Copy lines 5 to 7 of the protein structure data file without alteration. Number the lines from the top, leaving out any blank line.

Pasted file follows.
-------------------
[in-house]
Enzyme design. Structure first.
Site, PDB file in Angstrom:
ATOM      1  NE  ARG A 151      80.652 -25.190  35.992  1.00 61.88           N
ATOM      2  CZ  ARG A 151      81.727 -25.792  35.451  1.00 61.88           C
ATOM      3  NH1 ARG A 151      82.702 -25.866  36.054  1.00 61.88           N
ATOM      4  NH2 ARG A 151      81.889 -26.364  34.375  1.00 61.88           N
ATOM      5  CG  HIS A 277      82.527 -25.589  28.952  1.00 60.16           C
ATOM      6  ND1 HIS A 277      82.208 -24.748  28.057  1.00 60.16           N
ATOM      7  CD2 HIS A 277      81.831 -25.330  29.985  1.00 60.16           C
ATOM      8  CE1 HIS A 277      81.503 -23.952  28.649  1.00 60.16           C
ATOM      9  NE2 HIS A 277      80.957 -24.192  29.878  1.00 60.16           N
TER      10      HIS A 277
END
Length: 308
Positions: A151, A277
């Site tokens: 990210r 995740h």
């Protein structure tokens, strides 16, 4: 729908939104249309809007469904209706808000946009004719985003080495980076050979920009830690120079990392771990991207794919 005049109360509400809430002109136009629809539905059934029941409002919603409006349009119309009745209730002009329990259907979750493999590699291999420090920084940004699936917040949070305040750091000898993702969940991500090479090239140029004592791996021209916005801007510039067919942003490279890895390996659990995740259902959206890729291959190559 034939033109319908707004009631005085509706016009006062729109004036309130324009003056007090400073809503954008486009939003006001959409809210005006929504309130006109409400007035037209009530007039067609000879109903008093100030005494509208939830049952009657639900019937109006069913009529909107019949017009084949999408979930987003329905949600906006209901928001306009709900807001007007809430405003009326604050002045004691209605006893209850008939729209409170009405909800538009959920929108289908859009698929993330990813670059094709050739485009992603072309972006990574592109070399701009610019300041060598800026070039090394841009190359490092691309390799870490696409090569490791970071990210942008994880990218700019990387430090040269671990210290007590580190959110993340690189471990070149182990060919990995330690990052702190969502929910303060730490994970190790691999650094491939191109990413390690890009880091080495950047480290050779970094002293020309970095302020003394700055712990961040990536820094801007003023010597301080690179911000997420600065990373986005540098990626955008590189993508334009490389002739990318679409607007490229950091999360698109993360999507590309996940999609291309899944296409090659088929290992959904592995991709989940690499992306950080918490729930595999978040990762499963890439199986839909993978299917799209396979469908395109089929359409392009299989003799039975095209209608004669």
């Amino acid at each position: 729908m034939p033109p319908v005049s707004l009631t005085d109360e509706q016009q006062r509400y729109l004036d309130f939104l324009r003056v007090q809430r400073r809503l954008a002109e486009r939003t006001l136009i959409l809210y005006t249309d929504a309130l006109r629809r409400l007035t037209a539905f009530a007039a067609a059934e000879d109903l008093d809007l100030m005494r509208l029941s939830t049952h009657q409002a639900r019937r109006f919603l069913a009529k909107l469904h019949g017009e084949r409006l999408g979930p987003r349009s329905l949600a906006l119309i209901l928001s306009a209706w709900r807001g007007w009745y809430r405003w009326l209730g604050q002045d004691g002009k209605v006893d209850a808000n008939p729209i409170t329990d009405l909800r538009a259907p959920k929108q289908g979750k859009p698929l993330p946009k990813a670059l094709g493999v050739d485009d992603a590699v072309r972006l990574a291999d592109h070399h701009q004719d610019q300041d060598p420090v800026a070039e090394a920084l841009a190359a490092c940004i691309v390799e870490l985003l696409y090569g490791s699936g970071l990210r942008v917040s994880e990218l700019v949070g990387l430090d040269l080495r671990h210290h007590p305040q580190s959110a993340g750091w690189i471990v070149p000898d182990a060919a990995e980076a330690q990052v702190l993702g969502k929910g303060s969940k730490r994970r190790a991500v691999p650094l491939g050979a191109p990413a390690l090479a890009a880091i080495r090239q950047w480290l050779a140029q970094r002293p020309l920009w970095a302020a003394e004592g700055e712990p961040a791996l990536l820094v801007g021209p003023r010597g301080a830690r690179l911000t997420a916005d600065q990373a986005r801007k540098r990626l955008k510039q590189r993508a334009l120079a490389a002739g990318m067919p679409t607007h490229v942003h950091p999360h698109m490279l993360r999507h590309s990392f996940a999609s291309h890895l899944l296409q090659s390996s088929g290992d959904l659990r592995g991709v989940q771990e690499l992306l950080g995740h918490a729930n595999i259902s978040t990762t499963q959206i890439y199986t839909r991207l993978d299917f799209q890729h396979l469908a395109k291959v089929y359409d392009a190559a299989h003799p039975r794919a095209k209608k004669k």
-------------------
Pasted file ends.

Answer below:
ATOM      2  CZ  ARG A 151      81.727 -25.792  35.451  1.00 61.88           C
ATOM      3  NH1 ARG A 151      82.702 -25.866  36.054  1.00 61.88           N
ATOM      4  NH2 ARG A 151      81.889 -26.364  34.375  1.00 61.88           N